The Evolution of Social Media
Before diving into any thought piece about social media and marketing, I have to consider that my life has been shaped by the Internet. Growing up in the 2000s has deeply impacted the way I process information, how I communicate and the general speed of my life. I won’t pretend to know whether this was a positive influence or a negative one (probably both at different times), but at the very least I can give credit where credit is due: the Internet consumes an embarrassing fraction of my time, and therefore, my life. It can be a place of great vulnerability and a place of great fabrication. Understanding this, I’d like to explain how I think social media has transformed into the primary platform for modern marketing, whether business or personal.
I first got a Facebook account when I was in middle school (no Myspace or Tumblr for me), and it opened up a whole new way to stay connected to my friends. Social pillars rose and fell by messages, likes, and whether or not someone poked you back. It was closer to high school when I became aware of conversations about cyber-bullying. I remember sitting in the Hardware Store in my hometown, talking to the guidance counselor of our local high school about how virtual messaging lowered the participant’s empathy. I argued with her, but I can’t recall a conclusion.
Buying Followers and Buying the Lie
When I went to college, and my mental health declined, I bore the full brunt of the paradox of social media. It brought us closer, but it isolated us further. The timeline of someone’s life was edited, trimmed and embellished to perfection. The best version of themselves, their relationships, their accomplishments were front and center, the rest of them erased. It’s a more recent trend for people to post selfies with captions describing self doubt, personal struggles, etc. With all of this going around, I fancied myself a Facebook hermit. I looked down on Instagram, Twitter, Tumblr, Snapchat, Vine. I derived pride from choosing not to indulge. Eventually I could comfortably take social media hiatuses, and I found some semblance of inner peace for a period of months.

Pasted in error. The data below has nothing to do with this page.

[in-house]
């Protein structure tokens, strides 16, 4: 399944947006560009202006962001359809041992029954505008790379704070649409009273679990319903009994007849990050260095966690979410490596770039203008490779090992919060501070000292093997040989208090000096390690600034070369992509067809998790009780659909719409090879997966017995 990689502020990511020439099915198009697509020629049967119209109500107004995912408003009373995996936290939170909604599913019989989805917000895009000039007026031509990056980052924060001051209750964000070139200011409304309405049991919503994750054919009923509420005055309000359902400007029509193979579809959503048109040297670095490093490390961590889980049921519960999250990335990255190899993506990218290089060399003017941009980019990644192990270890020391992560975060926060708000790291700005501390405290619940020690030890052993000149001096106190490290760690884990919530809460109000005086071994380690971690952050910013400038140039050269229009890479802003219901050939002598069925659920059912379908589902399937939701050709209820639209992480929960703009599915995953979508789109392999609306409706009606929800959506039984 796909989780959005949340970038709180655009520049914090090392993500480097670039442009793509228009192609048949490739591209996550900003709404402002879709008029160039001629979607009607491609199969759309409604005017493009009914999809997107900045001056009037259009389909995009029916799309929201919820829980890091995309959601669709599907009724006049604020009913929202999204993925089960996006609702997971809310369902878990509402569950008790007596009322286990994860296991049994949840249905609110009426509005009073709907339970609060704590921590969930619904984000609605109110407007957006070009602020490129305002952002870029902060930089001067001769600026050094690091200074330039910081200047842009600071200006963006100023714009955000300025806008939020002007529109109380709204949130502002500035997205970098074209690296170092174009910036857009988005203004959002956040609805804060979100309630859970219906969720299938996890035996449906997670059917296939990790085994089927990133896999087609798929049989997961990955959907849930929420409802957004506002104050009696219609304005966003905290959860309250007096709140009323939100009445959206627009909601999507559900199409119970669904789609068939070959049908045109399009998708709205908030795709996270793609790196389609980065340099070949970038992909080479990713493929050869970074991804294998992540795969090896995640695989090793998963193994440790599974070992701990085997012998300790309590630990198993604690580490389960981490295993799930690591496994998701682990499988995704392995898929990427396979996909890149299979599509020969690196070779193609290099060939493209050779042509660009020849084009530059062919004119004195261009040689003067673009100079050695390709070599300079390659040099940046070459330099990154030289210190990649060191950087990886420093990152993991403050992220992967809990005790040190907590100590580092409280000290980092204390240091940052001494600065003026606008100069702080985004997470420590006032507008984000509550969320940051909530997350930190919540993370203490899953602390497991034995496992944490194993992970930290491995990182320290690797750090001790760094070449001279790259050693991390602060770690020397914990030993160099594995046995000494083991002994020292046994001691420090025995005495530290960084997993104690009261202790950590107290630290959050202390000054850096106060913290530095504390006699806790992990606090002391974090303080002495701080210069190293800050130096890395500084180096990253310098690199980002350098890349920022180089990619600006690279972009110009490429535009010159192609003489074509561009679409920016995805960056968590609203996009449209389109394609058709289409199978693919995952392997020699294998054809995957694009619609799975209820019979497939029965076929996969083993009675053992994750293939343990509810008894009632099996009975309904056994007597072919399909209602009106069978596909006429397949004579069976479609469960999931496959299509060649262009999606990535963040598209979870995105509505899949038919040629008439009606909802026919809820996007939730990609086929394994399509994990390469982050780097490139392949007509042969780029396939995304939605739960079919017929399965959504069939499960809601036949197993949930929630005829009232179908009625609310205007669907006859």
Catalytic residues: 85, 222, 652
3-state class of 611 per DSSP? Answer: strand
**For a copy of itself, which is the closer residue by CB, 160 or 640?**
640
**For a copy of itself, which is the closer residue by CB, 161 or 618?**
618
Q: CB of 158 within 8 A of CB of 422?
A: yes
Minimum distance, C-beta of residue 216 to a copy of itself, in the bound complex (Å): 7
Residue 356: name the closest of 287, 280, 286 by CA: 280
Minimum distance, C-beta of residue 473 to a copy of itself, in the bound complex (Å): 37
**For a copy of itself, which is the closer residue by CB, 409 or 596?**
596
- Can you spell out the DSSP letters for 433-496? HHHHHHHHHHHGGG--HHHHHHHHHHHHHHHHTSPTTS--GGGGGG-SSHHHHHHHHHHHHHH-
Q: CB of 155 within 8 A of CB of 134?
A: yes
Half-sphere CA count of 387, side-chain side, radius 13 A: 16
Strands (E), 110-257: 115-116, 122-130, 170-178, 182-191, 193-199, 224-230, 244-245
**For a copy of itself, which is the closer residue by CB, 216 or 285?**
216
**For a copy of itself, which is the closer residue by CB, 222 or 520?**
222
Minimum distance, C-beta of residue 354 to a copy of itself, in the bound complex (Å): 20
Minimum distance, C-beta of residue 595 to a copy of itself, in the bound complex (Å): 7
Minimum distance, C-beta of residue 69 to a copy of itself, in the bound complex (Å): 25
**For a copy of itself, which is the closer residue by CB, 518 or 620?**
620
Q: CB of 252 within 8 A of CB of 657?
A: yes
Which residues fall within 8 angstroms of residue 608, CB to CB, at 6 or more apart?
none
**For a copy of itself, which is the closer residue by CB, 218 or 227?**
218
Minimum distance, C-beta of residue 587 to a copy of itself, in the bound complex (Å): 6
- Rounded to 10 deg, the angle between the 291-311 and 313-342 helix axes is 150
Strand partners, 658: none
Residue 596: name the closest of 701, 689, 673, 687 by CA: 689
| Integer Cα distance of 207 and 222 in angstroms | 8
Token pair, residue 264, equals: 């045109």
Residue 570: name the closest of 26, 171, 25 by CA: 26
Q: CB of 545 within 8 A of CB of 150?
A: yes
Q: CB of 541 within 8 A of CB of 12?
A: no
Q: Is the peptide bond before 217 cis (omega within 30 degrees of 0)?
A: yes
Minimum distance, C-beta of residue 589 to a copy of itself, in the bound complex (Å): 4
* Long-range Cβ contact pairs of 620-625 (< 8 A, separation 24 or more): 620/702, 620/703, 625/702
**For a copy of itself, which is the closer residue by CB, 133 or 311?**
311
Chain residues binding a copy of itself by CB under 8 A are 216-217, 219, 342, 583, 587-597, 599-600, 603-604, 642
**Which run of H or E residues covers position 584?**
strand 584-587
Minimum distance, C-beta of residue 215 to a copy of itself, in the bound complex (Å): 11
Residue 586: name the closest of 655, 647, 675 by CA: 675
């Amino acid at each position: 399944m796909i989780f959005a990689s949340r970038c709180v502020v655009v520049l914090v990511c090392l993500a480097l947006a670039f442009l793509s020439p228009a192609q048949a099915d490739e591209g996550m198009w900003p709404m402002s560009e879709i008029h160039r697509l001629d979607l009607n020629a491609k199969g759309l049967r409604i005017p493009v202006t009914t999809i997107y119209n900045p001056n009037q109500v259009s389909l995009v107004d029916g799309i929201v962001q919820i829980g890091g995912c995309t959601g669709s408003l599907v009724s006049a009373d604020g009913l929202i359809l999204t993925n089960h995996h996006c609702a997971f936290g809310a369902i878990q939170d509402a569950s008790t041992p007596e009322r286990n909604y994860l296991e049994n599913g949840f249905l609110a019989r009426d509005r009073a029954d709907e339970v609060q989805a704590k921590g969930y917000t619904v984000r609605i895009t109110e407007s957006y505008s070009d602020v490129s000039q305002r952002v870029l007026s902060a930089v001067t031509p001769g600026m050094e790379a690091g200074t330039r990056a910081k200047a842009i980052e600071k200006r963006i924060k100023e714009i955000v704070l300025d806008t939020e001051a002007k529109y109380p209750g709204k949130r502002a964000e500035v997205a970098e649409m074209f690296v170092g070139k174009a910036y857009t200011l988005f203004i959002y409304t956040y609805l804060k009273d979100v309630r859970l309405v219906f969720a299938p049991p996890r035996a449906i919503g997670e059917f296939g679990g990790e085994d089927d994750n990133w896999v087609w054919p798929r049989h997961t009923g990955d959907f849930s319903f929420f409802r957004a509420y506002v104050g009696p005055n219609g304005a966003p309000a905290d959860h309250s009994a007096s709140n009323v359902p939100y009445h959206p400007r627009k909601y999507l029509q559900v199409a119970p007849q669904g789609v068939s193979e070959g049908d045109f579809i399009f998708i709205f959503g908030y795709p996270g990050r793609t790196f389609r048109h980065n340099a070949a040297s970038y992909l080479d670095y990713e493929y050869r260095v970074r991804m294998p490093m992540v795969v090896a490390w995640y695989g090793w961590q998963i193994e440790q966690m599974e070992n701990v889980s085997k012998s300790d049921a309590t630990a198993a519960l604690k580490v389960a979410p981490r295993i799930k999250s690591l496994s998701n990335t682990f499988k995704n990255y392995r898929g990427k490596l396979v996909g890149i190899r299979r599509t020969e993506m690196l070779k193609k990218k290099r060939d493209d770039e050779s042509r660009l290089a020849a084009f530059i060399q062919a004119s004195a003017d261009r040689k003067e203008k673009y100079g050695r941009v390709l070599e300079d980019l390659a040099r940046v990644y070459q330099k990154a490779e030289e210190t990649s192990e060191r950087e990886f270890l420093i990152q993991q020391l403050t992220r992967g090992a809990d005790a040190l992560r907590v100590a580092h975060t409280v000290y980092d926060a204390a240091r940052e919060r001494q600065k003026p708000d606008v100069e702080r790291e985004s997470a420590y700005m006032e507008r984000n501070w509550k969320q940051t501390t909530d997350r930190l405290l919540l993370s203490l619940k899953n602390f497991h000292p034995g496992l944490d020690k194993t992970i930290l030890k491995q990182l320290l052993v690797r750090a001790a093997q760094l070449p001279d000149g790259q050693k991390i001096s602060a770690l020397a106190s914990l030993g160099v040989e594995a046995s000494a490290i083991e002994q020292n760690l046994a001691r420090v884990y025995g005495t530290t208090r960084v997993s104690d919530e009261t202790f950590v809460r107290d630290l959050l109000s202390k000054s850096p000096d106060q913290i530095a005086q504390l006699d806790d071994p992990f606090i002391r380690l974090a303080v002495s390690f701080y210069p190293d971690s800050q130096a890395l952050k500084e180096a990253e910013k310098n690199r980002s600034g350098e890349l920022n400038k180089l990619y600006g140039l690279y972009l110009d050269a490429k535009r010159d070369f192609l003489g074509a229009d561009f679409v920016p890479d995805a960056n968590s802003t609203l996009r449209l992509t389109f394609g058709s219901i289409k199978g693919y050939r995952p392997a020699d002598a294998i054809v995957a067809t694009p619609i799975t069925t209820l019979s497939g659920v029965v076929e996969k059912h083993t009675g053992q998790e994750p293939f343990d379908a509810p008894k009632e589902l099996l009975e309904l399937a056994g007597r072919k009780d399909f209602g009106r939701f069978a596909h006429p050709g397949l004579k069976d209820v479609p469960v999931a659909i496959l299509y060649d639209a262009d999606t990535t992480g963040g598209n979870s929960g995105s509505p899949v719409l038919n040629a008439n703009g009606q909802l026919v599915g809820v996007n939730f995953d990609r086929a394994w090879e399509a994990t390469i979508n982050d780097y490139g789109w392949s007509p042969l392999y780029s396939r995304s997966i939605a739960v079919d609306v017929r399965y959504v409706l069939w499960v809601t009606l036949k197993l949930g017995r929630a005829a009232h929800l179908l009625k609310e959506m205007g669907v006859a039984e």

Instagram Influeners and Imposter Syndrome
Fast forward to this last semester, when I was arguably enjoying the best career success I’d ever had and the most lonely I’d ever been, I chose to indulge Instagram and Twitter. I was suffering from imposter syndrome surrounding my success, feeling it was undeserved, and the plethora of likes and comments momentarily assuaged my growing sense of dread. But I was convinced that my relationship with social media was revitalized: this could be a place where I could celebrate my accomplishments, and present the best version of myself. But the more I explored Instagram specifically, the more my initial distaste for it returned.
To learn about how Instagram influencers are paid to promote specific products, and that autobots are bought to post and like and follow users in the hopes of making money: it’s not necessarily disheartening. There are much worse things happening on the internet, for sure. But with ad blocks being so accessible, the line between digital marketing and personal expression are completely blurred to me. What once may have been (at least partially) a safe haven for people to express things they could never do in real life, is now just an infinite scroll of people plastering corporate logos on their face.
I’ve read articles about ‘ethical search engine optimization’, or white hat SEO, and they do a fine job of explaining how building legally a relationship with a social media influencer and organically building a following will help your business in the end. Yes, there are search engine optimization techniques that follow the guidelines of social media platforms, and those that don’t. After educating myself more on the subject, I can see the subtle difference between building followers and buying followers. But in my heart, the difference doesn’t seem to matter that much. At the end of the day, if some influencers consensually agrees to promote your product, do they really, truly like it? Part of it will always be about the money. If social media, and sharing about your life and lifestyle is based on some ideal of authenticity, then in the end, there’s an element of trickery, of falsehood, that I can’t shake from my mind.
How do you feel about the shifting purpose of social media? Leave a comment below!